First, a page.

Be sure you put each wire back exactly as it was or you will be pulling your hair out with problems. We haven't had it ourselves, because we are careful, but we have helped others sort out the mess when it was done incorrectly.
The power we have on board allows us to easily operate either of our 2 tv's, lights, electrical outlets for various things like coffee maker, hair curling iron, recharging phones and laptops and short bursts on the microwave as needed. The biggest drain on batteries is the furnace fan motor. We don't use ours often, instead we use a catalytic Olympian Wave 8 heater. With our 5 solar panels on the roof, we are usually recharged back to 100% by mid morning the next day.
Even if you don't boondock often like we do, you still need 12 volt DC power to run things even if you are plugged into a campground post for AC power. The water pump, water heater, fridge, furnace and other items still need the DC portion to run the control boards and switches when plugged into AC shore power. So keep those batteries in tip top shape!
Backup Camera Monitor Replacement:This one is about our backup camera monitor. The camera is working fine, even at 22 years old, and is located behind a little glass lens in the rear cap. Access is through a rear cabinet over our bed. We did replace the glass once, as the previous stuff was a plexi plastic that was scratched up. We use it to check on the Tracker as we tow it down the road, or to check while backing up into campsites. Even while parked, we use it as a security set of eyes when boondocking and we want to see if someone is back there.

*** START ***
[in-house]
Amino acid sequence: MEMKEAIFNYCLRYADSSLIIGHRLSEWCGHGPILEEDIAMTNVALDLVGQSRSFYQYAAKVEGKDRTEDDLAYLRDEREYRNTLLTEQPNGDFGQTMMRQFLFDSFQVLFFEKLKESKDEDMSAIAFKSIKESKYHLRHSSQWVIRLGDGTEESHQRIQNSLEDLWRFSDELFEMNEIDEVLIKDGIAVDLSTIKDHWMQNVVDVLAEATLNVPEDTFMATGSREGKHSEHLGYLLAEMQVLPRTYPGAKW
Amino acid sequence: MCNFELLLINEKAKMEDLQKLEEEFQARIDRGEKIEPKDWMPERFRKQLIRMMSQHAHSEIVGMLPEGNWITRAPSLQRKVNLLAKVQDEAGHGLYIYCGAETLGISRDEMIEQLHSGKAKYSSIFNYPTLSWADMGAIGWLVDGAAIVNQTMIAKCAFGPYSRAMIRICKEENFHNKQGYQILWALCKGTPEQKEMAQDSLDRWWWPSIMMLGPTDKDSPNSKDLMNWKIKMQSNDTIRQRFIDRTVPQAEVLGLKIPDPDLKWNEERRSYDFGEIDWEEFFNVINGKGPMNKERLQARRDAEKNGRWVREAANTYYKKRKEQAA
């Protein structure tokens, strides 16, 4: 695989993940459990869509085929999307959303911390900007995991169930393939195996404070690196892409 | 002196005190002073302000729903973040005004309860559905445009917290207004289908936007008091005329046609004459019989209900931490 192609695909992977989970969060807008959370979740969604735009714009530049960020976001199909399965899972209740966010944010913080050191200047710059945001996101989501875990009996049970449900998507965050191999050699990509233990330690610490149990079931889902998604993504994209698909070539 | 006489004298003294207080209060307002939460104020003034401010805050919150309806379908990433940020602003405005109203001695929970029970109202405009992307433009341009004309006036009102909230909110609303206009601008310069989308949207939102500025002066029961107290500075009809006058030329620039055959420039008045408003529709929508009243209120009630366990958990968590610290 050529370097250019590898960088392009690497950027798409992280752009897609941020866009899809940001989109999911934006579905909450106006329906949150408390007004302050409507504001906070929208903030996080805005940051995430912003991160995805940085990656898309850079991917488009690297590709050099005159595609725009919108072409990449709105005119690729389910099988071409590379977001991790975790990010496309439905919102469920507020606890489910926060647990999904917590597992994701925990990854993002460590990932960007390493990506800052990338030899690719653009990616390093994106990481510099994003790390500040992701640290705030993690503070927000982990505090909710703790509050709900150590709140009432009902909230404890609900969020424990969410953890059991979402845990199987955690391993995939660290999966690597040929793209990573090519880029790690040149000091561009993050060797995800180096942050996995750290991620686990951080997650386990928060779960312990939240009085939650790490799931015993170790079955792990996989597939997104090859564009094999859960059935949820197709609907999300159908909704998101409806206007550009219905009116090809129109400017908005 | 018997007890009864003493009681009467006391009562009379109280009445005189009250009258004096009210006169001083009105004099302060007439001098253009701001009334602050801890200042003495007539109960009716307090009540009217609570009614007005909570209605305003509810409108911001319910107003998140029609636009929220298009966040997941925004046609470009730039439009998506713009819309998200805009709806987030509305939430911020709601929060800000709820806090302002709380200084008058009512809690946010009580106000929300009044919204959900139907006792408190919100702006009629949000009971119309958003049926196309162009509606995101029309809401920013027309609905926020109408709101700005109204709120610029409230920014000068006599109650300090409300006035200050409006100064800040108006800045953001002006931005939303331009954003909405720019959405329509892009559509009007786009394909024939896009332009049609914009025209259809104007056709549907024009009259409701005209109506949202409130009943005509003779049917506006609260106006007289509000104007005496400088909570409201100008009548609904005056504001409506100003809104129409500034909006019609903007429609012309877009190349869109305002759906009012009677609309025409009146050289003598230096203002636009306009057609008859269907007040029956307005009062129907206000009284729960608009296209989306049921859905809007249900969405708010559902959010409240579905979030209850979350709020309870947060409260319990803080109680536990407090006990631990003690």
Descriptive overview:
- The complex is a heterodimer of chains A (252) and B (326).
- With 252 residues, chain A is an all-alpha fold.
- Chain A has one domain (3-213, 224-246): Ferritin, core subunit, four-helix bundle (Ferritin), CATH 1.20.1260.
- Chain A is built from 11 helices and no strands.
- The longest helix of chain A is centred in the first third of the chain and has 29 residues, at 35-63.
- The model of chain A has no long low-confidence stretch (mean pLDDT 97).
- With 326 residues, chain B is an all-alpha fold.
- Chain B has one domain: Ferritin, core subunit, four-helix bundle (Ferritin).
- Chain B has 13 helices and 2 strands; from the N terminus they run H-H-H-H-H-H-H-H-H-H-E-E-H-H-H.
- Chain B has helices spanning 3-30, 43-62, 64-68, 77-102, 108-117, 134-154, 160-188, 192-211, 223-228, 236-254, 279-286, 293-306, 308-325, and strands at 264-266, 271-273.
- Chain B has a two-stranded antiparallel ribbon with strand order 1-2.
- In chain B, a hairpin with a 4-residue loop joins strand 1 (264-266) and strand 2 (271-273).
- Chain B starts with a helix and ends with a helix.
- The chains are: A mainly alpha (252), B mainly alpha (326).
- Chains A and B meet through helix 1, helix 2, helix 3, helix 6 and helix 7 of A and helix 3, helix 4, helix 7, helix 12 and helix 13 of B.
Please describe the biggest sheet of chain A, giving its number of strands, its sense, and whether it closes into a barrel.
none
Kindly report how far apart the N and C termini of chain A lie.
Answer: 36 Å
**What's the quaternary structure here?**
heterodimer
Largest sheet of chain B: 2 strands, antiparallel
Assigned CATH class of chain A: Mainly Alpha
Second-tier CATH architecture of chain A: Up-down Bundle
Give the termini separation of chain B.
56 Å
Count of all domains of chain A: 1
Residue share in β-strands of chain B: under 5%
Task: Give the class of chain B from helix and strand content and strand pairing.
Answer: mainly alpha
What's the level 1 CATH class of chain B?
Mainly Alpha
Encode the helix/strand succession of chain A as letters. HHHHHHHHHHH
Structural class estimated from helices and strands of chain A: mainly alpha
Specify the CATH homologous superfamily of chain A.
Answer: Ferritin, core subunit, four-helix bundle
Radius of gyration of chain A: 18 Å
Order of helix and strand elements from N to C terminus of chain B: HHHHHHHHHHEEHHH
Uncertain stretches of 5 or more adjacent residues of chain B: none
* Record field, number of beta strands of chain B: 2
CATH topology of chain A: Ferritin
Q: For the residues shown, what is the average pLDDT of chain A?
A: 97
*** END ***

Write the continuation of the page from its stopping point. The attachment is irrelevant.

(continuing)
You just KNOW that Steve has to make a change to it, don't you? He removed the tv and the cabinet. He cut it down from the top edges to make it the same size as the other cabinets across the front of the rig. A fellow Safari-owner had an extra smoked plexiglass door for us to cover up the existing hole.
No More ''Head Banger'' !!
We bought a lighter weight flat screen tv we hung from a bracket over on the side of the living area instead for better viewing than in the original position.
That leaves us with the dilemma of how to view the backup camera, since we removed the monitor source from overhead. Steve rerouted the cable down from the top cavity along the padded covered windshield side post. He found this great little LED monitor that runs off DC power from Amazon for $50. Easy peasy!
We positioned it between the two dash consoles.
We can swivel it for either the driver or passenger to view it.
I seem to use it more from the passenger seat
to check on the Tracker being towed behind
to check on the Tracker being towed behind
Basket by the Door:
This may seem kinda lame, but how many of us have shoes piled up the door? And dog leashes. And tie out ropes. And moccasins for Steve to wear inside when he drives. Well, there have been a few times we have accidently tripped over them and almost fell down the stair well! Also if you want to sit at the table and shove back the chair a bit, the legs end up knocking over the shoes or sticking inside of them and crooked seating etc. So we keep a little basket by the door as a catch-all. It is much safer and easy to pick up all at once for vacuuming underneath. And saves us from a broken neck.
That is it for the three B's on today's blog.
We woke up to frozen ground, glazed roads, slight snow flurries and very very dangerous driving conditions. Steve left extra early for his part time county transport job for the handicapped wheelchair folks. He had to make a run to a near by town. He said between the icy roads and the high winds, it was difficult to keep the tall profile bus on the road. ACK! He drove slow, arrived safe and delivered his elderly patron to the right place in time for their medical procedure. He has a few more transports on and off during the day, but the roads now have cleared up enough with salt and brine to take care of the ice.
It's kinda dreary out, so I am holed up inside with some housework, some sewing and some computer stuff. Tax time is coming and our information is trickling in to prepare our returns. Not too exciting of a day, eh? We will see what tomorrow will bring.